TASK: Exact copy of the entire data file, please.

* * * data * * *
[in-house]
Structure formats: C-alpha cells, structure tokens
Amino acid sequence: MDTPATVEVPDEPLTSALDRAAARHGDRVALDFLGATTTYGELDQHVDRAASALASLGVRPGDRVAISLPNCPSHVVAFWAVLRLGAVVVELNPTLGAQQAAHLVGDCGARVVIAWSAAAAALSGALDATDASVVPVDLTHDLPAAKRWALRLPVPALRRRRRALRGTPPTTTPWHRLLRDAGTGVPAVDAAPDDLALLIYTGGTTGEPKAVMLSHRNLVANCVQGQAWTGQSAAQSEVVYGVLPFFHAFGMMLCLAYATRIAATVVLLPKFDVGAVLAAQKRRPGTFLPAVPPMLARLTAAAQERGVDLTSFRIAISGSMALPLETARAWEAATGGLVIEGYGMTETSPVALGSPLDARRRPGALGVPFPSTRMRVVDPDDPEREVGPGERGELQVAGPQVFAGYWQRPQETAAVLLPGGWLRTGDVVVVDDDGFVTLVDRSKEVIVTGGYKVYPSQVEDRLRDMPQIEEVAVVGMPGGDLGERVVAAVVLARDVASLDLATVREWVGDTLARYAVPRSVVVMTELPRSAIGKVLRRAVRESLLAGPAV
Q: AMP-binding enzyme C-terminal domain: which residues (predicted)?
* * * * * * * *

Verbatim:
[in-house]
Structure formats: C-alpha cells, structure tokens
Amino acid sequence: MDTPATVEVPDEPLTSALDRAAARHGDRVALDFLGATTTYGELDQHVDRAASALASLGVRPGDRVAISLPNCPSHVVAFWAVLRLGAVVVELNPTLGAQQAAHLVGDCGARVVIAWSAAAAALSGALDATDASVVPVDLTHDLPAAKRWALRLPVPALRRRRRALRGTPPTTTPWHRLLRDAGTGVPAVDAAPDDLALLIYTGGTTGEPKAVMLSHRNLVANCVQGQAWTGQSAAQSEVVYGVLPFFHAFGMMLCLAYATRIAATVVLLPKFDVGAVLAAQKRRPGTFLPAVPPMLARLTAAAQERGVDLTSFRIAISGSMALPLETARAWEAATGGLVIEGYGMTETSPVALGSPLDARRRPGALGVPFPSTRMRVVDPDDPEREVGPGERGELQVAGPQVFAGYWQRPQETAAVLLPGGWLRTGDVVVVDDDGFVTLVDRSKEVIVTGGYKVYPSQVEDRLRDMPQIEEVAVVGMPGGDLGERVVAAVVLARDVASLDLATVREWVGDTLARYAVPRSVVVMTELPRSAIGKVLRRAVRESLLAGPAV
Q: AMP-binding enzyme C-terminal domain: which residues (predicted)?